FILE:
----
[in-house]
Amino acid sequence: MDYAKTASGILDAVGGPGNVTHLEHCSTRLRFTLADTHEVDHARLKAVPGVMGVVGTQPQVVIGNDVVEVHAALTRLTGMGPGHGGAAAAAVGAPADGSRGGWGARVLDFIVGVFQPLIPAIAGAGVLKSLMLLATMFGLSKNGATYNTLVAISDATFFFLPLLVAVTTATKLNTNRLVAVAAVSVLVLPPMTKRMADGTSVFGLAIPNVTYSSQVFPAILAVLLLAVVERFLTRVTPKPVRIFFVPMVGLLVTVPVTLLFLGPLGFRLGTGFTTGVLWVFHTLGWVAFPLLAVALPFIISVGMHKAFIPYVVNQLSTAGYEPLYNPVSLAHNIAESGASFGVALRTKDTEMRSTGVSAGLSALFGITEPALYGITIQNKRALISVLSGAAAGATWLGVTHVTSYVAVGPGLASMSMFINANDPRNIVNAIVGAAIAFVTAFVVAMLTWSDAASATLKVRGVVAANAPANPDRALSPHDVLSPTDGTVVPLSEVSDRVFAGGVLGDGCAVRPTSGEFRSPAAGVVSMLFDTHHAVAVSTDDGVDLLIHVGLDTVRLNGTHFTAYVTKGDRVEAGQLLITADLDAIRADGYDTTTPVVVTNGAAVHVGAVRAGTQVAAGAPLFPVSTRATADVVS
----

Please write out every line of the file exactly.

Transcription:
[in-house]
Amino acid sequence: MDYAKTASGILDAVGGPGNVTHLEHCSTRLRFTLADTHEVDHARLKAVPGVMGVVGTQPQVVIGNDVVEVHAALTRLTGMGPGHGGAAAAAVGAPADGSRGGWGARVLDFIVGVFQPLIPAIAGAGVLKSLMLLATMFGLSKNGATYNTLVAISDATFFFLPLLVAVTTATKLNTNRLVAVAAVSVLVLPPMTKRMADGTSVFGLAIPNVTYSSQVFPAILAVLLLAVVERFLTRVTPKPVRIFFVPMVGLLVTVPVTLLFLGPLGFRLGTGFTTGVLWVFHTLGWVAFPLLAVALPFIISVGMHKAFIPYVVNQLSTAGYEPLYNPVSLAHNIAESGASFGVALRTKDTEMRSTGVSAGLSALFGITEPALYGITIQNKRALISVLSGAAAGATWLGVTHVTSYVAVGPGLASMSMFINANDPRNIVNAIVGAAIAFVTAFVVAMLTWSDAASATLKVRGVVAANAPANPDRALSPHDVLSPTDGTVVPLSEVSDRVFAGGVLGDGCAVRPTSGEFRSPAAGVVSMLFDTHHAVAVSTDDGVDLLIHVGLDTVRLNGTHFTAYVTKGDRVEAGQLLITADLDAIRADGYDTTTPVVVTNGAAVHVGAVRAGTQVAAGAPLFPVSTRATADVVS